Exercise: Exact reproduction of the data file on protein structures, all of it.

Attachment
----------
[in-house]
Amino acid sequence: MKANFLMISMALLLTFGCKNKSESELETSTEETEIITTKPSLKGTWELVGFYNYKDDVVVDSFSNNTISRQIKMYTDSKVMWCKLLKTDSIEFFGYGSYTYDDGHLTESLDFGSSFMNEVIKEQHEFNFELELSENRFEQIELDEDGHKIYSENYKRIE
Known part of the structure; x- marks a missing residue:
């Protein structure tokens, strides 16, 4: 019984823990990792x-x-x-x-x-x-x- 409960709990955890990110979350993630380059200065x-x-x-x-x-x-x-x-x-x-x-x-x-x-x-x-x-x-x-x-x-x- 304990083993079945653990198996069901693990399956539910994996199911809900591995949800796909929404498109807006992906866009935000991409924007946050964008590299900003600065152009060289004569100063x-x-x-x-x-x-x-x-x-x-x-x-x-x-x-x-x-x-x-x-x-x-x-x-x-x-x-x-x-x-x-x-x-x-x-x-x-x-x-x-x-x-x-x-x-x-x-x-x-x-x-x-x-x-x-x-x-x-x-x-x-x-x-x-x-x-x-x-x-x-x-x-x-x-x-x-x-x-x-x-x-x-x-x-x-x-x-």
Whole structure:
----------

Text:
[in-house]
Amino acid sequence: MKANFLMISMALLLTFGCKNKSESELETSTEETEIITTKPSLKGTWELVGFYNYKDDVVVDSFSNNTISRQIKMYTDSKVMWCKLLKTDSIEFFGYGSYTYDDGHLTESLDFGSSFMNEVIKEQHEFNFELELSENRFEQIELDEDGHKIYSENYKRIE
Known part of the structure; x- marks a missing residue:
């Protein structure tokens, strides 16, 4: 019984823990990792x-x-x-x-x-x-x- 409960709990955890990110979350993630380059200065x-x-x-x-x-x-x-x-x-x-x-x-x-x-x-x-x-x-x-x-x-x- 304990083993079945653990198996069901693990399956539910994996199911809900591995949800796909929404498109807006992906866009935000991409924007946050964008590299900003600065152009060289004569100063x-x-x-x-x-x-x-x-x-x-x-x-x-x-x-x-x-x-x-x-x-x-x-x-x-x-x-x-x-x-x-x-x-x-x-x-x-x-x-x-x-x-x-x-x-x-x-x-x-x-x-x-x-x-x-x-x-x-x-x-x-x-x-x-x-x-x-x-x-x-x-x-x-x-x-x-x-x-x-x-x-x-x-x-x-x-x-």
Whole structure: